With Variety Of Dining Experiences, Coppersmith Is A Foodie Playground In Southie
Metro, Food

With Variety Of Dining Experiences, Coppersmith Is A Foodie Playground In Southie

Over a century ago, if you visited the corner of 40 W. 3rd St. in Southie, you’d hear the hustle and bustle of an old copper mill. Stop by today and in its place you’ll find Coppersmith—a posh, new neighborhood restaurant with the steampunk vibe of its predecessor. With history as both an auto garage and warehouse space, subtle elements of the building’s history still remain—two large garage doors in front of the property and a copper boiler on the second floor add a distinct rustic charm to Coppersmith. But the rest of the space is far from outdated.

As a massive 15,000-square foot space with 25-foot high ceilings, Coppersmith is a self-proclaimed third space and foodie playground. The restaurant is dynamic, boasting a variety of different spaces—each offering guests a savory dining experience.

The 88-seat communal dining area, distinguished by a 100-foot, wrap-around bar and two fully functioning food trucks, extends to an outdoor patio area. With 75 seats and multiple flat screen TVs, the bar serves up playful and tasty bar snacks, like BBQ popcorn and chili-lime pork rinds, alongside one of its diverse taps or cocktails. Go upstairs and you will find a trendy rooftop deck with a view over South Boston. An Airstream trailer, which will be converted into a raw bar in the Spring, plans to serve visitors fresh local oysters and shrimp cocktails. The restaurant also plans to open a cafe in early December, stocked with homemade pastries, grab-and-go sandwiches for lunch, salads, and sides.

Executive chef Chris Henry, previously with the Barbara Lynch Gruppo, is a classically trained chef offering guests the same products and techniques of any upscale restaurant, minus the high cost and stuffiness.

“The owners really wanted that fine dining ethos, but applied to a neighborhood restaurant,” he said. “What you’re getting on the plate is recognizable and familiar. Nothing too avant garde—no sculptures.”

With its array of long, connected wooden tables, Coppersmith was built with the communal sharing theme in mind. Ideally, Henry envisions a party ordering four or five things for the table so everyone gets to try a bit of everything.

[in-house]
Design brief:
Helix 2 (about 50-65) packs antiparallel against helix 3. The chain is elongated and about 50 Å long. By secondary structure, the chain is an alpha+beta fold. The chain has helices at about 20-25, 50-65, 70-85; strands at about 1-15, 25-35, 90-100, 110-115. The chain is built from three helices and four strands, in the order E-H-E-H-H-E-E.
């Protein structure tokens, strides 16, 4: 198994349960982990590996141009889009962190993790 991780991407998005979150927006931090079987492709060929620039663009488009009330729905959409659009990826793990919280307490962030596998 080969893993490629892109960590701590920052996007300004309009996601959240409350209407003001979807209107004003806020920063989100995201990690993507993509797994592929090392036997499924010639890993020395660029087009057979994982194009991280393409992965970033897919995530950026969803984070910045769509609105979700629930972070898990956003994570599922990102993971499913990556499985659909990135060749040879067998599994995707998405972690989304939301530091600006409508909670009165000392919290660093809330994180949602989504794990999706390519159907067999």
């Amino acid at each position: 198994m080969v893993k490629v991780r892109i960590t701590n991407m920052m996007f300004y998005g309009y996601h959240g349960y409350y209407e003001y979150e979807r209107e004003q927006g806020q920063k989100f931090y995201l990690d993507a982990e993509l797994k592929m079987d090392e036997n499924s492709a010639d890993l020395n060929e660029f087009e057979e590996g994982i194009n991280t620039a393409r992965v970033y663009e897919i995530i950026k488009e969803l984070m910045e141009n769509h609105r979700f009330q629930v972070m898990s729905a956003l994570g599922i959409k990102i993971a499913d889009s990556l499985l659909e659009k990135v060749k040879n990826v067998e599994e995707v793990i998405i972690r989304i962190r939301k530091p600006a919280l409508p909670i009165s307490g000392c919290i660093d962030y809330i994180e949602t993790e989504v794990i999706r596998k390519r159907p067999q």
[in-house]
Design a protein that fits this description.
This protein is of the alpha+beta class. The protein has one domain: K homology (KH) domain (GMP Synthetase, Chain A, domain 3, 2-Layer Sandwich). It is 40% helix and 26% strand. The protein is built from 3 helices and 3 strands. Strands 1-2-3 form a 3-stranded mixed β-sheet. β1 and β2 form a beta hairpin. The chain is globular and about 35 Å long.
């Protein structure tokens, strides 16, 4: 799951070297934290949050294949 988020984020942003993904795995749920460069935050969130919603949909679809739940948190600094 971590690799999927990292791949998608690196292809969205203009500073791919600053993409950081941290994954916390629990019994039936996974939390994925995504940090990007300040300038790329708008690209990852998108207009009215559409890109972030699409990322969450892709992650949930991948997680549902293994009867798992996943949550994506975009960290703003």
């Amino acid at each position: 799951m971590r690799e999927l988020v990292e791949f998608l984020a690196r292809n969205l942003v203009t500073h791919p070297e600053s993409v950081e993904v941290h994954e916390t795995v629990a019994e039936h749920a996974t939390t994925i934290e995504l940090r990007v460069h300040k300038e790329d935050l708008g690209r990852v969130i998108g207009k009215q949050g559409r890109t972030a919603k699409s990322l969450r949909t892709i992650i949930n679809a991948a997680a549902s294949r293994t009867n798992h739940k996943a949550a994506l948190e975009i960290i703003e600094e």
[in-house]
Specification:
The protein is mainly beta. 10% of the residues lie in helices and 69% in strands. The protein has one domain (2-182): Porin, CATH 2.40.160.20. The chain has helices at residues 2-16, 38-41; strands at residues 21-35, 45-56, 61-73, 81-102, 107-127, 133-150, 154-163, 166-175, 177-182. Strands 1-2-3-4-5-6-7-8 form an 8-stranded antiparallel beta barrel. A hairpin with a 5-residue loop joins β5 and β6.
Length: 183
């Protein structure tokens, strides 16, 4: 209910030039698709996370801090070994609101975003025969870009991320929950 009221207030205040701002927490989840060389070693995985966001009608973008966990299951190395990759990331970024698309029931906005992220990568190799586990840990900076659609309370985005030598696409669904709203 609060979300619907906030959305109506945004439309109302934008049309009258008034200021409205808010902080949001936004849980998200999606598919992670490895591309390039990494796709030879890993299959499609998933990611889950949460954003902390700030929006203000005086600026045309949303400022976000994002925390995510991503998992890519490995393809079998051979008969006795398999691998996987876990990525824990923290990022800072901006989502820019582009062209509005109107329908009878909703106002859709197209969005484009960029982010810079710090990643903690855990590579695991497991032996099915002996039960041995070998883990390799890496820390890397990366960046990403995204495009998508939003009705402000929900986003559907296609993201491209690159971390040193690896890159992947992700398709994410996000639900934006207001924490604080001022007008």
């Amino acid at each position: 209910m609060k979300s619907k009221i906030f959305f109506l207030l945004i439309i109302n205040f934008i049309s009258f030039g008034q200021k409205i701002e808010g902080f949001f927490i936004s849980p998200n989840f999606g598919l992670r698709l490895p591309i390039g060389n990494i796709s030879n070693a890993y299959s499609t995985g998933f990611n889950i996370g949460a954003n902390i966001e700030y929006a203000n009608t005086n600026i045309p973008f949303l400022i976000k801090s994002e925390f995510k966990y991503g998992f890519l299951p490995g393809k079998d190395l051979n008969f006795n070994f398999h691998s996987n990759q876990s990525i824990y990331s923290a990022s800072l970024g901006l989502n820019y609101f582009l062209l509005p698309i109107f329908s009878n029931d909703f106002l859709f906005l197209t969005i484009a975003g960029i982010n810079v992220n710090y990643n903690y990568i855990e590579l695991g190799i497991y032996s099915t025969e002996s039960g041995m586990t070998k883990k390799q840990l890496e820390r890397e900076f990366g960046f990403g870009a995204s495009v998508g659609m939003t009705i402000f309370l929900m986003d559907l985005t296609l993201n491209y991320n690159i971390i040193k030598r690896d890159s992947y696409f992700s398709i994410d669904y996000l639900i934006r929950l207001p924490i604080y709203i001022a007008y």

Chef Henry also explained how the menu is meant to be a little bit playful—reflective of Coppersmith’s food trucks. Coppersmith is serving up global influences, like classic street food from the food trucks with a slightly more refined flair on the regular menu. While one of the truck’s menus remains consistent for three to four weeks at a time, the other is changing daily, depending on chef’s whim or the local market. With so many different outlets to get creative with local ingredients, Henry loves having the freedom to grab some organic ribeye steaks from local vendors without necessarily needing a plan for them right away. He’ll find a way to work them into the menu.


“We’re not an Italian, French, or Mexican restaurant, but you’ll certainly see influences from all of those places on the menu,” Henry explained.

And with one glance at the menu, diversity is just what you get. A guest can order anything from fried green tomatoes with pickled black-eyed peas and tomato aioli to paella with crab, clams, mussels, and saffron. Sticky bun bread pudding with bacon, bourbon caramel, and pecan brittle is offered as a tantalizing dessert option along with ginger-molasses panna cotta with pumpkin bread pepita crumble and ginger chocolate sauce.

Currently, the restaurant is open for brunch and dinner service, but aims to be a fully functional, open from early morning to late night. It’s a place where anyone in the neighborhood can go—from the Seaport to Fort Point—to grab a cup of coffee in the morning, lunch in the afternoon, dinner at night, or late night drinks.

“It all ties back into the neighborhood, keeping it local, and feeding the local economy,” Henry said.

Coppersmith is an embodiment of American food at its core, in the sense that America is a melting pot of everything and anything. It’s what allows a menu that offers Italian creme doughnuts alongside a Greek falafel burger with tzatziki to make sense. Whether you visit Coppersmith to grab a beer and watch the big game or gather for a family dinner, one thing is certain—the fried pickles will be cooked to perfection.

Featured Images by Alli Huber / Heights Staff

November 12, 2015
Established in 1919 as Boston College’s student newspaper, The Heights has been both editorially and financially independent from the University since 1971. The Heights serves the students, faculty, and staff of the Boston College community, as well as our neighbors in Chestnut Hill, Newton, and the Allston-Brighton area.  

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